In a program many bugs and vulnerabilities come from how user input is handled. Programmers make assumptions about the kinds of input users will provide to a program. Where that input comes from and what type it will be. If you’re familiar with buffer overflow vulnerabilities then you already know one way user input can be used maliciously.
In this module we are going to take a first look at how user input can be handled in a very simple C program (not handled well). We are going to build on the previous program and see what differences are in the assembly dump. Then we are going to trace how the input is moved through the program. With that in mind lets have a look.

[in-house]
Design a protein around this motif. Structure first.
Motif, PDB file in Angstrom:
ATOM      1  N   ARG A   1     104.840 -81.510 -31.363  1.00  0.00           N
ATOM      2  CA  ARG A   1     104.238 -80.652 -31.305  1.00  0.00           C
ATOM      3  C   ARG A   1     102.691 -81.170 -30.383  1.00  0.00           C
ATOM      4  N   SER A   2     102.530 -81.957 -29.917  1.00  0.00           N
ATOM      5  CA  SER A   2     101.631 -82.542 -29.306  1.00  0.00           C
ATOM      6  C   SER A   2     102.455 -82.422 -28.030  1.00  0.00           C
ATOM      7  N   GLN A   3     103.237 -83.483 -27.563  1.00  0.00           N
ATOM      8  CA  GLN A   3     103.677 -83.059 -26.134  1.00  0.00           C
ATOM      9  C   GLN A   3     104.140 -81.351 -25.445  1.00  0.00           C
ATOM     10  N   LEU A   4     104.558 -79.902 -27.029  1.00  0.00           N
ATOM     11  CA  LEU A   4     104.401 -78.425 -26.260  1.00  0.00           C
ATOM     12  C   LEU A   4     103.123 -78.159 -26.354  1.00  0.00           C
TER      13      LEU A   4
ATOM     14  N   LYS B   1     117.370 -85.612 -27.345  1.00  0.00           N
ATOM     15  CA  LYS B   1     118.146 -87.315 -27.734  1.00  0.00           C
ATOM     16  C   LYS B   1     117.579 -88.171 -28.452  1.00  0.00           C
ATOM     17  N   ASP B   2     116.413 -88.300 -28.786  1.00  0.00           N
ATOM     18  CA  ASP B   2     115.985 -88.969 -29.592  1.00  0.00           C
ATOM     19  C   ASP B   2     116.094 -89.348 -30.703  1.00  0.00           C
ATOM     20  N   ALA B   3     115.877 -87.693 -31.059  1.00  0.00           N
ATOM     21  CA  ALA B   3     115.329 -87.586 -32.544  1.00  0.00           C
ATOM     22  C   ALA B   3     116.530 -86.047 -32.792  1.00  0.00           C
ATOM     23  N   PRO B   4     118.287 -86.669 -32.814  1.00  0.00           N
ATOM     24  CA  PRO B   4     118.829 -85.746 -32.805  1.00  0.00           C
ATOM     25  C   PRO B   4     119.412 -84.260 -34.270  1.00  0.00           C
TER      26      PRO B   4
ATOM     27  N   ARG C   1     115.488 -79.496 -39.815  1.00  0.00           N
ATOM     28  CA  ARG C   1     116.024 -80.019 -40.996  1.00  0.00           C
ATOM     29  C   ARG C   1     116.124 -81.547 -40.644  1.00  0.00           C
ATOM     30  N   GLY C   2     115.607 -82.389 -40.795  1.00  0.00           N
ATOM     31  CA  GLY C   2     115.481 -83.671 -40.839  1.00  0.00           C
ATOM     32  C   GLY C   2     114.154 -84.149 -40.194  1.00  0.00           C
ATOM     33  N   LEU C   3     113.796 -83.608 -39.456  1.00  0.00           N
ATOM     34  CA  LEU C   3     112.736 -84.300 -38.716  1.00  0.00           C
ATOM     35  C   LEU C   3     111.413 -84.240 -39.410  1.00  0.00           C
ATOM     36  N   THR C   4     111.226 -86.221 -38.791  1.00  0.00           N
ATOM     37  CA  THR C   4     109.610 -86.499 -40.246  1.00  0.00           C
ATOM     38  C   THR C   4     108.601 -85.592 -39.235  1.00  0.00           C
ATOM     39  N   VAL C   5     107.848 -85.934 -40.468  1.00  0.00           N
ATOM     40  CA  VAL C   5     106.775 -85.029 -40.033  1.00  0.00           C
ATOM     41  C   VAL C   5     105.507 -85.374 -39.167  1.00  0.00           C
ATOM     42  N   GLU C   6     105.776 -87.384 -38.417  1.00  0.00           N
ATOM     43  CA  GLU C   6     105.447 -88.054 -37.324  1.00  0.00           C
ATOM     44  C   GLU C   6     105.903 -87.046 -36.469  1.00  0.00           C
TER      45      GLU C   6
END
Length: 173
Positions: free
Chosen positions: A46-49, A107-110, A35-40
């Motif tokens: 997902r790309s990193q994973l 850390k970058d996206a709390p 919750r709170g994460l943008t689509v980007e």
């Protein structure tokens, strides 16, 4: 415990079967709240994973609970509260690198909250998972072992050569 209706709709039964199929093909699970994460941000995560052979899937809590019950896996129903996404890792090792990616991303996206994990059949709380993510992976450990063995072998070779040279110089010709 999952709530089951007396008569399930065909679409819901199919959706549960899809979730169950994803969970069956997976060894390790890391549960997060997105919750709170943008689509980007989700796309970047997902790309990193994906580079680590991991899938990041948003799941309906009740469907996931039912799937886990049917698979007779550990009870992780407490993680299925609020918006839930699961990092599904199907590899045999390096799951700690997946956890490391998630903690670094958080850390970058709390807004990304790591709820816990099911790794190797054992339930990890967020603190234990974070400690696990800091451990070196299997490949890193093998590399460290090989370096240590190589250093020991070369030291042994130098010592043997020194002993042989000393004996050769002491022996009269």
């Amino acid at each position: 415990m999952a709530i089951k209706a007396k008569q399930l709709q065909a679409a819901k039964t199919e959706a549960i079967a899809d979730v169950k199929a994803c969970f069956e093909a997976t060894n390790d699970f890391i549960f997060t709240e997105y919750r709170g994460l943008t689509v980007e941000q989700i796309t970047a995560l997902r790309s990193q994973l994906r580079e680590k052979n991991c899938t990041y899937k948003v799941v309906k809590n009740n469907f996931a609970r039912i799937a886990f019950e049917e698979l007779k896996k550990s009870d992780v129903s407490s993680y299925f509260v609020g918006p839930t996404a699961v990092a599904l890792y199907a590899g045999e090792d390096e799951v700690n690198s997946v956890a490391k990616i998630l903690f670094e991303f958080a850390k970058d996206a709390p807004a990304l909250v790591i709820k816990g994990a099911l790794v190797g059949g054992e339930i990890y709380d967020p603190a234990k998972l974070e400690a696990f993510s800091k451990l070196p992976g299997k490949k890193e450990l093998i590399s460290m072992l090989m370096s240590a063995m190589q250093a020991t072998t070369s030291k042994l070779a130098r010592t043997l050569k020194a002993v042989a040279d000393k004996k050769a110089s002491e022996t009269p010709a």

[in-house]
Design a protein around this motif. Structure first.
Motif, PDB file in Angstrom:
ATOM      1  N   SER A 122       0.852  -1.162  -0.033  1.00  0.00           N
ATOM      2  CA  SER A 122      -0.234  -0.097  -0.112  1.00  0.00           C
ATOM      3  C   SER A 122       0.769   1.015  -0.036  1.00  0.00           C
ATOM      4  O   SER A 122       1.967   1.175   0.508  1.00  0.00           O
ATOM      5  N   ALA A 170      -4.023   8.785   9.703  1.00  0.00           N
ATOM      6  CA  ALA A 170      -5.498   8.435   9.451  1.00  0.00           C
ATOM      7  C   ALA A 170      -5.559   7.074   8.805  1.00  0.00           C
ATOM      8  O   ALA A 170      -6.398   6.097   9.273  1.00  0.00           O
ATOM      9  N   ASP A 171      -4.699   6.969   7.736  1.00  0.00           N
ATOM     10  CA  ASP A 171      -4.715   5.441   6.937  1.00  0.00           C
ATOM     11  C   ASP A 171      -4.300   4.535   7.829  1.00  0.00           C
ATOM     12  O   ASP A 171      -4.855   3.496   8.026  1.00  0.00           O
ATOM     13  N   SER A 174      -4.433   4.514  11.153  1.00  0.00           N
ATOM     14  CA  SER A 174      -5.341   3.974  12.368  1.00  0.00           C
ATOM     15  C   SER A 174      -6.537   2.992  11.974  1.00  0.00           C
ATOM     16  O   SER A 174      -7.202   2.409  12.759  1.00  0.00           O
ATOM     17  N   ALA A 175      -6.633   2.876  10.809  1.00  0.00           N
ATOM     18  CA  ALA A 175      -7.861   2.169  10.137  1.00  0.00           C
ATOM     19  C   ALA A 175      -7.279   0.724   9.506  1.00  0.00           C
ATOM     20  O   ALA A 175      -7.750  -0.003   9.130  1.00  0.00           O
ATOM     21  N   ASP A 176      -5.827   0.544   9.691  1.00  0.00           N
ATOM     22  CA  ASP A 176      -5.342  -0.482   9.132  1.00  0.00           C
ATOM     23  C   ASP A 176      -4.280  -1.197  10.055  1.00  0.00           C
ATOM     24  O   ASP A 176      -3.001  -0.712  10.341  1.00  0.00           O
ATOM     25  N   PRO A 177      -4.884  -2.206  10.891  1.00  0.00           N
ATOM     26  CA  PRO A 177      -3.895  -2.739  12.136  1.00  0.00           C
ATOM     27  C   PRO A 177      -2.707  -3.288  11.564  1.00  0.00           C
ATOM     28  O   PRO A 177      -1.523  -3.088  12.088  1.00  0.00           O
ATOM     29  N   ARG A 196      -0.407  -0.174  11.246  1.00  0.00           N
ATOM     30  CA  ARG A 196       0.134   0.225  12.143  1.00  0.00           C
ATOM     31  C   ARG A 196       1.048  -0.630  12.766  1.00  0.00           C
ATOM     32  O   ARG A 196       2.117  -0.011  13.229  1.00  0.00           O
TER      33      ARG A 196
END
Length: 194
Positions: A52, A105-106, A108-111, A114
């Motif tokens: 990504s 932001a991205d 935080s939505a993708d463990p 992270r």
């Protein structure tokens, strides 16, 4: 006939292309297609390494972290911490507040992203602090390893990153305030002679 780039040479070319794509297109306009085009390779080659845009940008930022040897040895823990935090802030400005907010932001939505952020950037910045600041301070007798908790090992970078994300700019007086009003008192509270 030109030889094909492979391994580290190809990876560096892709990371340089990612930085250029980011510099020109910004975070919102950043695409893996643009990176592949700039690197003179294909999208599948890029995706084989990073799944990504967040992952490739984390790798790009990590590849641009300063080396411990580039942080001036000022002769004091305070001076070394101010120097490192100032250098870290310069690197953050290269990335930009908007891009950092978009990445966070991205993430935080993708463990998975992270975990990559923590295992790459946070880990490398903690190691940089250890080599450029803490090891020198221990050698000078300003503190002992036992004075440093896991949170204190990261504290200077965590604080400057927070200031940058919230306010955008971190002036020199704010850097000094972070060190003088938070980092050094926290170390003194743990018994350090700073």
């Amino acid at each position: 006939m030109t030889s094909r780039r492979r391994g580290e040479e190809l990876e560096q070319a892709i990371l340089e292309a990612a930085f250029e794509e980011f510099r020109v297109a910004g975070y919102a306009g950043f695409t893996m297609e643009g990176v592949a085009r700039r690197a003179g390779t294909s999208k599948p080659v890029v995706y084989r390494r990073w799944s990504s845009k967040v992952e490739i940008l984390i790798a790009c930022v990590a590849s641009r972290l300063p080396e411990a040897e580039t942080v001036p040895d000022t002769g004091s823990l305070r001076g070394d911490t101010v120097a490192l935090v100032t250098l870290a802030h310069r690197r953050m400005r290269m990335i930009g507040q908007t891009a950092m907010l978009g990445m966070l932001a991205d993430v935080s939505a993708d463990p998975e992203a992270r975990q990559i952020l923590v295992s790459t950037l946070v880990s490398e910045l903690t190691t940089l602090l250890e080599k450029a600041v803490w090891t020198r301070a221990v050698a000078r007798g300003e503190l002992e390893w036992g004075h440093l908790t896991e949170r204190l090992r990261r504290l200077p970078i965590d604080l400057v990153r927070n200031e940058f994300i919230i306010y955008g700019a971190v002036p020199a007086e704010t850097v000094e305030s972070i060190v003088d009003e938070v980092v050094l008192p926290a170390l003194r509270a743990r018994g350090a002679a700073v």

The Main Function:
You should be able to determine where the function prologue is. Lets skim the assembly and see what stands out. Each function call should give us an idea of what this program does. We have a printf() call, a scanf() call, and a function called greeting. We have seen printf() in our previous modules and should expect that address pushed onto the stack right before the call is a format string to be printed.
Lets take a look at the documentation for scanf() which tells us that the function takes two arguments. The first is a format identifier and the second is a location to place it. Do you remember how arguments are placed onto the stack for a function call in x86 architecture? If not don’t worry lets take a look at what happens by setting a breakpoint right after scanf() executes using the command
breakpoint *0x080484bd and then run the program.